Ellis v. Tribune Television Co.
United States Court of Appeals for the Second Circuit
443 F.3d 71 (2006)
Tribune Television Company (Tribune) (defendant) owned a newspaper and two television stations in Hartford, Connecticut. The Federal Communications Commission (FCC) had a rule against cross-ownership of newspapers and television stations. To avoid violating the cross-ownership rule, Tribune applied for a temporary waiver of the rule in 2001 while it attempted to sell its television interests. The FCC renewed Tribune’s temporary waiver, and Tribune applied for a permanent waiver in 2002 because it could not sell its television interests. Tribune’s temporary waiver expired before the FCC ruled on Tribune’s permanent-waiver request. Neil Ellis (plaintiff), a Hartford resident, brought a case in federal district court seeking a declaration that Tribune was in violation of the cross-ownership rule. In 2005 the district court granted Ellis’s motion for summary judgment against Tribune and ordered Tribune to comply with the cross-ownership rule. A few weeks later, the FCC denied Tribune’s permanent waiver request but extended Tribune’s temporary waiver through 2007. Tribune appealed the district court’s decision, arguing that the FCC had primary jurisdiction over the matter.
Rule of Law
Holding and Reasoning (Wesley, J.)
What to do next…
Unlock this case brief with a free (no-commitment) trial membership of Quimbee.
You’ll be in good company: Quimbee is one of the most widely used and trusted sites for law students, serving more than 706,000 law students since 2011. Some law schools—such as Yale, Berkeley, and Northwestern—even subscribe directly to Quimbee for all their law students.Unlock this case briefRead our student testimonials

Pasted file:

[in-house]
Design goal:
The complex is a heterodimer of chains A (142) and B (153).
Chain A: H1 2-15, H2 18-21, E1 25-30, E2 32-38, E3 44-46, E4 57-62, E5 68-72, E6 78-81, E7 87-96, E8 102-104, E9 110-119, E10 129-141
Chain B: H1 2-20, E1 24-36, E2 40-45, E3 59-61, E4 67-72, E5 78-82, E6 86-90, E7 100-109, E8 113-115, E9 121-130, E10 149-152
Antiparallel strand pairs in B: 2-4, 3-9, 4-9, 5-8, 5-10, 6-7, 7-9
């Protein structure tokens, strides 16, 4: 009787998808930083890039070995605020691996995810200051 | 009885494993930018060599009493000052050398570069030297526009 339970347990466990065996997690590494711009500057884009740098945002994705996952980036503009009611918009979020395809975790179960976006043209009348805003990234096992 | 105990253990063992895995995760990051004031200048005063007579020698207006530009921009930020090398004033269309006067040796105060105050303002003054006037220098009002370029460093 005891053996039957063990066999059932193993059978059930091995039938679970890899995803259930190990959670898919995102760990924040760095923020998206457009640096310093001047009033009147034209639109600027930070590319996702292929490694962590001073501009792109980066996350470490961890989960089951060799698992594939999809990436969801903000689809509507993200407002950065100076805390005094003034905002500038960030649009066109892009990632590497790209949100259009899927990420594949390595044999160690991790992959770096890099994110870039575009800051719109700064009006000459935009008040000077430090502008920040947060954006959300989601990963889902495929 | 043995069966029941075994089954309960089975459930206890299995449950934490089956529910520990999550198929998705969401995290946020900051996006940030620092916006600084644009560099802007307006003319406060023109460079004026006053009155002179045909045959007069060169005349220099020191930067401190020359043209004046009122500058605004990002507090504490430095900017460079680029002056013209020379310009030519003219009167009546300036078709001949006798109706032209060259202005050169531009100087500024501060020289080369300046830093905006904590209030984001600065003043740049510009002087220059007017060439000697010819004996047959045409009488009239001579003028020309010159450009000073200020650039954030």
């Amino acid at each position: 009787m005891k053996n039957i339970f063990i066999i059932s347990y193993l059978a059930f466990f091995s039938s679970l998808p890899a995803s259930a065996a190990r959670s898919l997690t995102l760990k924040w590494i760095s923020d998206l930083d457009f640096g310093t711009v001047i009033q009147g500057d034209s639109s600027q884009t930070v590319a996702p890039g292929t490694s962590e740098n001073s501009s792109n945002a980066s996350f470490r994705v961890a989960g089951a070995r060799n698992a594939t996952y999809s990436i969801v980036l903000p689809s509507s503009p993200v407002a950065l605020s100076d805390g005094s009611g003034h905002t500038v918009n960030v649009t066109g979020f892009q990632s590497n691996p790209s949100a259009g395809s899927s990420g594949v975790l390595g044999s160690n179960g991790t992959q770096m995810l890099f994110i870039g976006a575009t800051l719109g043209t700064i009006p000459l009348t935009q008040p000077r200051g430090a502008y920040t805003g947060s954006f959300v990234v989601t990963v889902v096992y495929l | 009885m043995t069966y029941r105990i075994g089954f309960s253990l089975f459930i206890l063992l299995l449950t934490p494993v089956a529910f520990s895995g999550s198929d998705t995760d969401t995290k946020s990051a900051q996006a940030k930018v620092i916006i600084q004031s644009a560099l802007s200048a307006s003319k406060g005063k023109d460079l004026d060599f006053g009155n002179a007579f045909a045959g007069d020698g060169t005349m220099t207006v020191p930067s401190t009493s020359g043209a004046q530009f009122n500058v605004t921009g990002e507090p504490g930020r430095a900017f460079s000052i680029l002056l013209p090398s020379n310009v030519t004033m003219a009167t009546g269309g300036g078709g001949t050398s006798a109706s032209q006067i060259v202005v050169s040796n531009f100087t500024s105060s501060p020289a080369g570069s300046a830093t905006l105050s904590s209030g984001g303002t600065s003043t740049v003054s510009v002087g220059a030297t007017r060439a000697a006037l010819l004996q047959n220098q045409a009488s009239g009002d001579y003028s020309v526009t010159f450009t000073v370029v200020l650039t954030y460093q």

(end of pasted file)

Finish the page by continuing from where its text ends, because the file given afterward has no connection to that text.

Learn more about Quimbee’s unique (and proven) approach to achieving great grades at law school.
Quimbee is a company hell-bent on one thing: helping you get an “A” in every course you take in law school, so you can graduate at the top of your class and get a high-paying law job. We’re not just a study aid for law students; we’re the study aid for law students.Learn about our approachRead more about Quimbee
Here's why 706,000 law students have relied on our case briefs:
- Written by law professors and practitioners, not other law students. 44,400 briefs, keyed to 983 casebooks. Top-notch customer support.
- The right amount of information, includes the facts, issues, rule of law, holding and reasoning, and any concurrences and dissents.
- Access in your classes, works on your mobile and tablet. Massive library of related video lessons and high quality multiple-choice questions.
- Easy to use, uniform format for every case brief. Written in plain English, not in legalese. Our briefs summarize and simplify; they don’t just repeat the court’s language.